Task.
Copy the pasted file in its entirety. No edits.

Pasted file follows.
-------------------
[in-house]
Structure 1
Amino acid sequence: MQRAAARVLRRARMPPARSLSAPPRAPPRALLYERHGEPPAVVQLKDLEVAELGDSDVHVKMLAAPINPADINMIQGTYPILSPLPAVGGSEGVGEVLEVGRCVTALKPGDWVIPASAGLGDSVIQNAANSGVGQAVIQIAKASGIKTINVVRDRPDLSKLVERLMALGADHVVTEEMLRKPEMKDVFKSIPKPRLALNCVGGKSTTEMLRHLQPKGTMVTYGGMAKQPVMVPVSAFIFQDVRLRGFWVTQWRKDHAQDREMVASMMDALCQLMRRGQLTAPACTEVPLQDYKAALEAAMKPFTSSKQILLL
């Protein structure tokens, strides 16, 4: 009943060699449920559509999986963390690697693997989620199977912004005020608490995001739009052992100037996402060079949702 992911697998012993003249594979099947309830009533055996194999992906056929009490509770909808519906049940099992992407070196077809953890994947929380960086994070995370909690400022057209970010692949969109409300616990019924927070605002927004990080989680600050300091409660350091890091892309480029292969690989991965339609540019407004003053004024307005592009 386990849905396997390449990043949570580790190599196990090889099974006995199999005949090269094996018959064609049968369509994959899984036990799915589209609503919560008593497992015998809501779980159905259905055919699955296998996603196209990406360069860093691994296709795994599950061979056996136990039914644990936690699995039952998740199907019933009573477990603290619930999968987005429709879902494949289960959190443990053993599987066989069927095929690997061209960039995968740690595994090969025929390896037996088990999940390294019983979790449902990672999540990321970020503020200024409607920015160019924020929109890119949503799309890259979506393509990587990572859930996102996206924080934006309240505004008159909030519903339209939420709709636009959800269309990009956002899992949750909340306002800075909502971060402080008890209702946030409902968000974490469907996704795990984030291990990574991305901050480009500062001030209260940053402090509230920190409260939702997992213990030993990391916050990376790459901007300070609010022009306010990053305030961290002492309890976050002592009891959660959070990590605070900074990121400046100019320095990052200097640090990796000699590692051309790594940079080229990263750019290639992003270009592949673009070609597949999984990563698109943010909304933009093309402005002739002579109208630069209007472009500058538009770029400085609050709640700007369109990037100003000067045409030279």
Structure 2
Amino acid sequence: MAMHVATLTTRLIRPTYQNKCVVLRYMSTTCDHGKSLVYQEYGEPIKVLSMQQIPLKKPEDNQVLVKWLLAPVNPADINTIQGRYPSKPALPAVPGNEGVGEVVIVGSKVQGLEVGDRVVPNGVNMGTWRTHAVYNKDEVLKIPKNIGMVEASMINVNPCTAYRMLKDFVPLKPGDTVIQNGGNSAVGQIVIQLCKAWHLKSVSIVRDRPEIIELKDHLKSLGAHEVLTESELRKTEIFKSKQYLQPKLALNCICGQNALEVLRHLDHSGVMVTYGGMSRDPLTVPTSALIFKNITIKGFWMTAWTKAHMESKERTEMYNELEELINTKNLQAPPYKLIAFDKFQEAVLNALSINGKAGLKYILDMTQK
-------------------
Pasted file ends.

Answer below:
[in-house]
Structure 1
Amino acid sequence: MQRAAARVLRRARMPPARSLSAPPRAPPRALLYERHGEPPAVVQLKDLEVAELGDSDVHVKMLAAPINPADINMIQGTYPILSPLPAVGGSEGVGEVLEVGRCVTALKPGDWVIPASAGLGDSVIQNAANSGVGQAVIQIAKASGIKTINVVRDRPDLSKLVERLMALGADHVVTEEMLRKPEMKDVFKSIPKPRLALNCVGGKSTTEMLRHLQPKGTMVTYGGMAKQPVMVPVSAFIFQDVRLRGFWVTQWRKDHAQDREMVASMMDALCQLMRRGQLTAPACTEVPLQDYKAALEAAMKPFTSSKQILLL
């Protein structure tokens, strides 16, 4: 009943060699449920559509999986963390690697693997989620199977912004005020608490995001739009052992100037996402060079949702 992911697998012993003249594979099947309830009533055996194999992906056929009490509770909808519906049940099992992407070196077809953890994947929380960086994070995370909690400022057209970010692949969109409300616990019924927070605002927004990080989680600050300091409660350091890091892309480029292969690989991965339609540019407004003053004024307005592009 386990849905396997390449990043949570580790190599196990090889099974006995199999005949090269094996018959064609049968369509994959899984036990799915589209609503919560008593497992015998809501779980159905259905055919699955296998996603196209990406360069860093691994296709795994599950061979056996136990039914644990936690699995039952998740199907019933009573477990603290619930999968987005429709879902494949289960959190443990053993599987066989069927095929690997061209960039995968740690595994090969025929390896037996088990999940390294019983979790449902990672999540990321970020503020200024409607920015160019924020929109890119949503799309890259979506393509990587990572859930996102996206924080934006309240505004008159909030519903339209939420709709636009959800269309990009956002899992949750909340306002800075909502971060402080008890209702946030409902968000974490469907996704795990984030291990990574991305901050480009500062001030209260940053402090509230920190409260939702997992213990030993990391916050990376790459901007300070609010022009306010990053305030961290002492309890976050002592009891959660959070990590605070900074990121400046100019320095990052200097640090990796000699590692051309790594940079080229990263750019290639992003270009592949673009070609597949999984990563698109943010909304933009093309402005002739002579109208630069209007472009500058538009770029400085609050709640700007369109990037100003000067045409030279």
Structure 2
Amino acid sequence: MAMHVATLTTRLIRPTYQNKCVVLRYMSTTCDHGKSLVYQEYGEPIKVLSMQQIPLKKPEDNQVLVKWLLAPVNPADINTIQGRYPSKPALPAVPGNEGVGEVVIVGSKVQGLEVGDRVVPNGVNMGTWRTHAVYNKDEVLKIPKNIGMVEASMINVNPCTAYRMLKDFVPLKPGDTVIQNGGNSAVGQIVIQLCKAWHLKSVSIVRDRPEIIELKDHLKSLGAHEVLTESELRKTEIFKSKQYLQPKLALNCICGQNALEVLRHLDHSGVMVTYGGMSRDPLTVPTSALIFKNITIKGFWMTAWTKAHMESKERTEMYNELEELINTKNLQAPPYKLIAFDKFQEAVLNALSINGKAGLKYILDMTQK